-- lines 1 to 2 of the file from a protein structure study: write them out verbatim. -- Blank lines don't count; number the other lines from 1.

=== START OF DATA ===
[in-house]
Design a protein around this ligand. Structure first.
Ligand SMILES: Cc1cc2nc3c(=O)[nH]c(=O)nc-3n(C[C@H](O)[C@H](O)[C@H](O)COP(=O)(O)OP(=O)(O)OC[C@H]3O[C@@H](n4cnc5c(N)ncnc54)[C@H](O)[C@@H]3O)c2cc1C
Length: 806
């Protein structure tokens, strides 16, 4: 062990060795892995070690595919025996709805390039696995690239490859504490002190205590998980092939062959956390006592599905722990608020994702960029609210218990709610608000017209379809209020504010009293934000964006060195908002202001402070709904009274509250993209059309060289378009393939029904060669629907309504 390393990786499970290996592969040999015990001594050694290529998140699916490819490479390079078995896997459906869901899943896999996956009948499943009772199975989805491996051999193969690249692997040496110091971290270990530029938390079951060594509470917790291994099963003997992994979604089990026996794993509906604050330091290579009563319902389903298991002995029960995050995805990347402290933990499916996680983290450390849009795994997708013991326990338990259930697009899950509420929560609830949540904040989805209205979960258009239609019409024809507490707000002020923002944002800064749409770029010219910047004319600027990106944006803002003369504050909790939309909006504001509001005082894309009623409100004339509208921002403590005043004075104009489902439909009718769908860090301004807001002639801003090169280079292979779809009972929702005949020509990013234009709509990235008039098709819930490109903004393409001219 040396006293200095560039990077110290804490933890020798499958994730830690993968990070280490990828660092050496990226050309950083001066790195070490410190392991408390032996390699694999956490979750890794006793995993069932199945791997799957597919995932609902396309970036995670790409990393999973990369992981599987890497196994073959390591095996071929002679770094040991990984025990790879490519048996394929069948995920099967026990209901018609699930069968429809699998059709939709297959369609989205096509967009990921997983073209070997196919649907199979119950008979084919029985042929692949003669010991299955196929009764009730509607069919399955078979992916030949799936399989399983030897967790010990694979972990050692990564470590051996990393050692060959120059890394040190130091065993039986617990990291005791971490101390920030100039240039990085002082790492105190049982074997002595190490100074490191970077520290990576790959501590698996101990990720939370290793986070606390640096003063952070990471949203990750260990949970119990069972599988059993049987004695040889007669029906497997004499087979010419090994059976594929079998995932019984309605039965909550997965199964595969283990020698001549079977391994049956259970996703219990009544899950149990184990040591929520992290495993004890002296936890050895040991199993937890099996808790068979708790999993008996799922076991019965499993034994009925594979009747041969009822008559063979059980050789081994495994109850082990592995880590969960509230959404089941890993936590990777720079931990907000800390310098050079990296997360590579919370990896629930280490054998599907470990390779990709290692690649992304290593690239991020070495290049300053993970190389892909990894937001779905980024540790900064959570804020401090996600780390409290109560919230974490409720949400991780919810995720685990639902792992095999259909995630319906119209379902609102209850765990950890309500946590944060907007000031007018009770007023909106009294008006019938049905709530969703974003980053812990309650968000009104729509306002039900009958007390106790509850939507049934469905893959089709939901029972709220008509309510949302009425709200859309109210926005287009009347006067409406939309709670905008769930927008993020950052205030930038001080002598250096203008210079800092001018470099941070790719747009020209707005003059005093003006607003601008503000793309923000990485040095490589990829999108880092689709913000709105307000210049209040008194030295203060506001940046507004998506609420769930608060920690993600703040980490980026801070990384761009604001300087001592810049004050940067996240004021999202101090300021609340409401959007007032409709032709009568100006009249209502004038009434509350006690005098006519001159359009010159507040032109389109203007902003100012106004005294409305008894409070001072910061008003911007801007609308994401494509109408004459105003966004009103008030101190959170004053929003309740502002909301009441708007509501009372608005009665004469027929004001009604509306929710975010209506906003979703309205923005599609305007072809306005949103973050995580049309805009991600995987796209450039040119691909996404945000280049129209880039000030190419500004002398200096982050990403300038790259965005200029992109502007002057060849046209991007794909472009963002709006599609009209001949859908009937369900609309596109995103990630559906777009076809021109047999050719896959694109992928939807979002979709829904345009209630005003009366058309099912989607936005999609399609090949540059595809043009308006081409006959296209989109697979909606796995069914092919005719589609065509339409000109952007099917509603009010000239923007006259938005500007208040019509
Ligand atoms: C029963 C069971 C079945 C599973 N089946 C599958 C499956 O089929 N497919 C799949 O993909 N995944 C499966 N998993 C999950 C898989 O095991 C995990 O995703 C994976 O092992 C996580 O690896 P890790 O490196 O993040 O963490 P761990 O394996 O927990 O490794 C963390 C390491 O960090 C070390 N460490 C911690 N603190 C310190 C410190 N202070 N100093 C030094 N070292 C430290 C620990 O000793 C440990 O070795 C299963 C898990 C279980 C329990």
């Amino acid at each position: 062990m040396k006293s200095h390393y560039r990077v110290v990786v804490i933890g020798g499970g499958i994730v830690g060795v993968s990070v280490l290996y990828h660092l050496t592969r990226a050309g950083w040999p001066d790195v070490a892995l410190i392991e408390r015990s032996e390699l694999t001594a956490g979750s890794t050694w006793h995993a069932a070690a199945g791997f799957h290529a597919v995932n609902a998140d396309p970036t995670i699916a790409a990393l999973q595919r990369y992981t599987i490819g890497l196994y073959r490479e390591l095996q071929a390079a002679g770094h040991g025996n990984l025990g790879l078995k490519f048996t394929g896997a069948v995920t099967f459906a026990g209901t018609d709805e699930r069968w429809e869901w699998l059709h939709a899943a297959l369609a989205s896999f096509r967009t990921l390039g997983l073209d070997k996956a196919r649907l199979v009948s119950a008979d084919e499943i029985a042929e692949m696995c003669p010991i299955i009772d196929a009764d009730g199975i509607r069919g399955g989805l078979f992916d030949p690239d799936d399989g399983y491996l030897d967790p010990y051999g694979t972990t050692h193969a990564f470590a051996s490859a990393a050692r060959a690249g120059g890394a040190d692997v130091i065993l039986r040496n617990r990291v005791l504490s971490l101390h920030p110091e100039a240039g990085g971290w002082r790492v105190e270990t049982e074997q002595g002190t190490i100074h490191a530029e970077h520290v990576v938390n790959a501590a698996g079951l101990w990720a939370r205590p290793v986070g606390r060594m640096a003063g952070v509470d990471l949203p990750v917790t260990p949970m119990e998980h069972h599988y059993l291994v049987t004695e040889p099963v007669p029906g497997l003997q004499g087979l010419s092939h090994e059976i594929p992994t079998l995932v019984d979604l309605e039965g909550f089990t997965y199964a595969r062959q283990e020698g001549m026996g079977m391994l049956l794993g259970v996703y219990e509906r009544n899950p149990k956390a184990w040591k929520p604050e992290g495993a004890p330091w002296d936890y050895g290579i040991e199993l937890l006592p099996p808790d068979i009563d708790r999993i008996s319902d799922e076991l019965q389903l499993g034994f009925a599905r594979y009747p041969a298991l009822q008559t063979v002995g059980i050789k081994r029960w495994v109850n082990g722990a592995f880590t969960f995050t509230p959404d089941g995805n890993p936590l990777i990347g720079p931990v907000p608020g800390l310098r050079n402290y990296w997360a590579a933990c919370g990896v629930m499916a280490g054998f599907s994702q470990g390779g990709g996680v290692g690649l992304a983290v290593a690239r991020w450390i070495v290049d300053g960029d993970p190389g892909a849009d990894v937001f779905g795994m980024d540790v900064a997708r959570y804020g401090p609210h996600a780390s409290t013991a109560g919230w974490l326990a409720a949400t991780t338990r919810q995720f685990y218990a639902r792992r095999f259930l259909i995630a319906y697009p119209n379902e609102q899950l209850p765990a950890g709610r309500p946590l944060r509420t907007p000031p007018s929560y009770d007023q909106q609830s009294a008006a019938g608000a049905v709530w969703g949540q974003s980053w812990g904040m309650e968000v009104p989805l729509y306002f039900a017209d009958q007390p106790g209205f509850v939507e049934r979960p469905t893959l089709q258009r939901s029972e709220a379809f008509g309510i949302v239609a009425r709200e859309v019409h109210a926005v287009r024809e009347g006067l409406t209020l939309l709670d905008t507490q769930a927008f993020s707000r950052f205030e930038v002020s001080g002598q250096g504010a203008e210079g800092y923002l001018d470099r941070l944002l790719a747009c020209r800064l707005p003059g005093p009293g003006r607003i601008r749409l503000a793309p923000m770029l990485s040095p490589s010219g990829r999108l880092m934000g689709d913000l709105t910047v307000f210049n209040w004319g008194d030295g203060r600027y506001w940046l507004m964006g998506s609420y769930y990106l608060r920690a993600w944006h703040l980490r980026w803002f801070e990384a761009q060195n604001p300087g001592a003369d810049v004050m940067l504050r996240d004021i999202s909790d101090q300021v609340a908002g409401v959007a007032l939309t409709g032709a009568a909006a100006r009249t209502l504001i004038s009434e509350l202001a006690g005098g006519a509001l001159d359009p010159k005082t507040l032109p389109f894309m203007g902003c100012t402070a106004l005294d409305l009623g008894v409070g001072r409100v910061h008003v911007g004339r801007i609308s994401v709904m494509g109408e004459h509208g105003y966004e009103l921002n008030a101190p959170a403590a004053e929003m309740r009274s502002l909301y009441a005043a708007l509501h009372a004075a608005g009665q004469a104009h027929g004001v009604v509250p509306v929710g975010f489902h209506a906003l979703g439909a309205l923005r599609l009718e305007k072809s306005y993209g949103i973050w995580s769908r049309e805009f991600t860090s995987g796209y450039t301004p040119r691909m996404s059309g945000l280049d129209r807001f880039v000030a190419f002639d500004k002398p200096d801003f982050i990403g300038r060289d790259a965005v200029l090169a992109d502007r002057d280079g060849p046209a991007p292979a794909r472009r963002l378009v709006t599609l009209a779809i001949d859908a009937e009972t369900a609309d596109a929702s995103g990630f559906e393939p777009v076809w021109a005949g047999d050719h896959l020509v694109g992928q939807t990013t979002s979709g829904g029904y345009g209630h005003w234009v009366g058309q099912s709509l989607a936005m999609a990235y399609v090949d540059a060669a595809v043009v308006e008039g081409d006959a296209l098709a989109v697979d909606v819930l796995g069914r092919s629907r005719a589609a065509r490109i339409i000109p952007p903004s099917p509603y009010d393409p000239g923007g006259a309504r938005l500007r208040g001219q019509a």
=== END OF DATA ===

[in-house]
Design a protein around this ligand. Structure first.